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Mol Cell Biochem. 2005 Jan;268(1-2):53-8.

Feeding apolipoprotein E-knockout mice with cholesterol and fat enriched diets may be a model of non-alcoholic steatohepatitis.

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  • 1Centre de Recerca Biomèdica, Institut de Recerca en Ciències de la Salut, Hospital Universitari de Sant Joan, 43201-Reus, Catalunya, Spain.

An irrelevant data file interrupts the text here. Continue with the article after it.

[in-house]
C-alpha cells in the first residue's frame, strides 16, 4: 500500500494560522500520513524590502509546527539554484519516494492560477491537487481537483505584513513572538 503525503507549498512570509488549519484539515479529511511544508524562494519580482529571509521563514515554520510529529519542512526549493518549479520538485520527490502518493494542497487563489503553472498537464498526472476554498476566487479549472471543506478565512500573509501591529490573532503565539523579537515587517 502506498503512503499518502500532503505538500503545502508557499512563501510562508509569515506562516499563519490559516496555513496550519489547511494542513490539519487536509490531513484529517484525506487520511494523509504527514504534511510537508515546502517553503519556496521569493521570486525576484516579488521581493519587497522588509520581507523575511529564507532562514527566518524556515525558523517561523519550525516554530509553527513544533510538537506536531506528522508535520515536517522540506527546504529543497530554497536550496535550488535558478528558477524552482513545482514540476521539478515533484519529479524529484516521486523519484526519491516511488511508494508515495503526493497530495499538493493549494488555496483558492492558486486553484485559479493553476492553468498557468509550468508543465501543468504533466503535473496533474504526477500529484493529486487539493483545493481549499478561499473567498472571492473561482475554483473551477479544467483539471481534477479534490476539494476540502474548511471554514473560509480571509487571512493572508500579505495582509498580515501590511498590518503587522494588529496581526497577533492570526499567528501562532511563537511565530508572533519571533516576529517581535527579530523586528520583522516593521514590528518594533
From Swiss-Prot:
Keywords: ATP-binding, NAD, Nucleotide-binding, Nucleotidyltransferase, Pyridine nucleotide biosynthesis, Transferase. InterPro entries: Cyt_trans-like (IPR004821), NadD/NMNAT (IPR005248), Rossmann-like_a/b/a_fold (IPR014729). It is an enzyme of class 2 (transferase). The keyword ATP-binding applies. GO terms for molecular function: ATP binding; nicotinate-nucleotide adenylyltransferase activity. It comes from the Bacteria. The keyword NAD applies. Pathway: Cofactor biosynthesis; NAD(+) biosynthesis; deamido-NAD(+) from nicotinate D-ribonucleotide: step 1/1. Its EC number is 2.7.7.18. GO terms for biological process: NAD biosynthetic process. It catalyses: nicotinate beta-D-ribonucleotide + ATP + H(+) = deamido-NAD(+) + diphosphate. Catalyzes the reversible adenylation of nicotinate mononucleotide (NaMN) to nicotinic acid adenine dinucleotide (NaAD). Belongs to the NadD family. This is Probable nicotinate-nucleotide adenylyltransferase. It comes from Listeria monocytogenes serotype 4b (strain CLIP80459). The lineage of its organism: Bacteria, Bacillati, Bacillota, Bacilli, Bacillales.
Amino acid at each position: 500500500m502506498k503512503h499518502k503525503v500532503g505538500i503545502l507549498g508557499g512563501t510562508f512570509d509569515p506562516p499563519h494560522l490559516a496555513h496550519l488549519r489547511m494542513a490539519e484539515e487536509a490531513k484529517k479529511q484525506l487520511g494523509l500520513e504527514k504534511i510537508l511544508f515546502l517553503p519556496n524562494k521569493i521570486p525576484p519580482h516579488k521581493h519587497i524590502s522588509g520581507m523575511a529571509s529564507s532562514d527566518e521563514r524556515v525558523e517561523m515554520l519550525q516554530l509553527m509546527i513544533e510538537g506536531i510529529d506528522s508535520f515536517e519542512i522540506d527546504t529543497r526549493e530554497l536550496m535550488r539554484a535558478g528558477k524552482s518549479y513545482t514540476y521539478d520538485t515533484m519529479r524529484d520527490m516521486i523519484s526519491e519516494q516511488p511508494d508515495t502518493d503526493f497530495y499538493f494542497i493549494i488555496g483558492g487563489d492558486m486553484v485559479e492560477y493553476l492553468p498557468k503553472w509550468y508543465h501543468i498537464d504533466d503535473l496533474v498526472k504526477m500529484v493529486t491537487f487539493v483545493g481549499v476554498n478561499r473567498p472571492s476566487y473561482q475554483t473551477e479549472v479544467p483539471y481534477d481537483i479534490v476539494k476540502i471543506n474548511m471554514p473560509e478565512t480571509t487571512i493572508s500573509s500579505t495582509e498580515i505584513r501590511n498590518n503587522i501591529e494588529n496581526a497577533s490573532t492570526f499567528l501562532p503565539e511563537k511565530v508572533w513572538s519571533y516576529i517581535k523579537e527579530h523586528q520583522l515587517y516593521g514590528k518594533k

The present study was aimed (1) to investigate the effect of cholesterol and fat enriched diets on the development of steatohepatitis in apolipoprotein E-knockout mice, and (2) to study the chronological relationships between the development of hepatic alterations, hypercholesterolemia and atherosclerotic lesions in this experimental model. The study consisted of two protocols. Protocol 1 was used in 90 mice subdivided in groups of 18. For 10 weeks, each group was given a diet with different fat and cholesterol contents. Protocol 2 was used in 42 mice, subdivided in four groups. Each group was given a diet enriched with cholesterol and palm oil and they were sacrificed at 8, 13, 18 and 24 weeks of age. Results were as following. (1) Mice given high fat/high cholesterol diets developed an impairment of liver histology consisting of fat accumulation, macrophage proliferation, and inflammation. (2) These effects were modulated by the type of fat: olive oil was mainly associated with macrovesicular steatosis and cholesterol plus palm oil with severe steatohepatitis. (3) There was a chronological and quantitative relationship between liver impairment and the formation of atheromatous lesions. We conclude that apolipoprotein E-knockout mice may be a useful model for investigating the mechanisms of diet-induced steatohepatitis.

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